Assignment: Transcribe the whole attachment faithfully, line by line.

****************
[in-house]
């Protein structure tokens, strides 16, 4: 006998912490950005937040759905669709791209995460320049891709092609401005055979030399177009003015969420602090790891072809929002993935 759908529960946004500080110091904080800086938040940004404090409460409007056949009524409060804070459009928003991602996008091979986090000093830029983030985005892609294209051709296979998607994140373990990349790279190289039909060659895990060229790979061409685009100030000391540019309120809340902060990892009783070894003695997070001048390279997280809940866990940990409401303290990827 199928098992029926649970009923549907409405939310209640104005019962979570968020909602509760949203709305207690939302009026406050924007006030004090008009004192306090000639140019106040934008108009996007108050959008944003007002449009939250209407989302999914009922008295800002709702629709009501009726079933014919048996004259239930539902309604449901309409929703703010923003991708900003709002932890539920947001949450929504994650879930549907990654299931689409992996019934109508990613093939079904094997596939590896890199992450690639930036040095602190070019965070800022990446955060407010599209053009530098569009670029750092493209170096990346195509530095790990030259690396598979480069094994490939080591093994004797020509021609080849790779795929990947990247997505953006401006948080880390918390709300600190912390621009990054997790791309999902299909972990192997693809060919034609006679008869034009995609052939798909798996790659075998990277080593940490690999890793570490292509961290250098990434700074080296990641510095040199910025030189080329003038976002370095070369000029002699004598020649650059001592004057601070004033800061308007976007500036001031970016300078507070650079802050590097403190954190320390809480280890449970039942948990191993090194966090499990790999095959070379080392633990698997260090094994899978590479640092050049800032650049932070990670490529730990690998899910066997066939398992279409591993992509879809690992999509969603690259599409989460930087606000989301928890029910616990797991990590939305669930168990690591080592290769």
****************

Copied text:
[in-house]
């Protein structure tokens, strides 16, 4: 006998912490950005937040759905669709791209995460320049891709092609401005055979030399177009003015969420602090790891072809929002993935 759908529960946004500080110091904080800086938040940004404090409460409007056949009524409060804070459009928003991602996008091979986090000093830029983030985005892609294209051709296979998607994140373990990349790279190289039909060659895990060229790979061409685009100030000391540019309120809340902060990892009783070894003695997070001048390279997280809940866990940990409401303290990827 199928098992029926649970009923549907409405939310209640104005019962979570968020909602509760949203709305207690939302009026406050924007006030004090008009004192306090000639140019106040934008108009996007108050959008944003007002449009939250209407989302999914009922008295800002709702629709009501009726079933014919048996004259239930539902309604449901309409929703703010923003991708900003709002932890539920947001949450929504994650879930549907990654299931689409992996019934109508990613093939079904094997596939590896890199992450690639930036040095602190070019965070800022990446955060407010599209053009530098569009670029750092493209170096990346195509530095790990030259690396598979480069094994490939080591093994004797020509021609080849790779795929990947990247997505953006401006948080880390918390709300600190912390621009990054997790791309999902299909972990192997693809060919034609006679008869034009995609052939798909798996790659075998990277080593940490690999890793570490292509961290250098990434700074080296990641510095040199910025030189080329003038976002370095070369000029002699004598020649650059001592004057601070004033800061308007976007500036001031970016300078507070650079802050590097403190954190320390809480280890449970039942948990191993090194966090499990790999095959070379080392633990698997260090094994899978590479640092050049800032650049932070990670490529730990690998899910066997066939398992279409591993992509879809690992999509969603690259599409989460930087606000989301928890029910616990797991990590939305669930168990690591080592290769």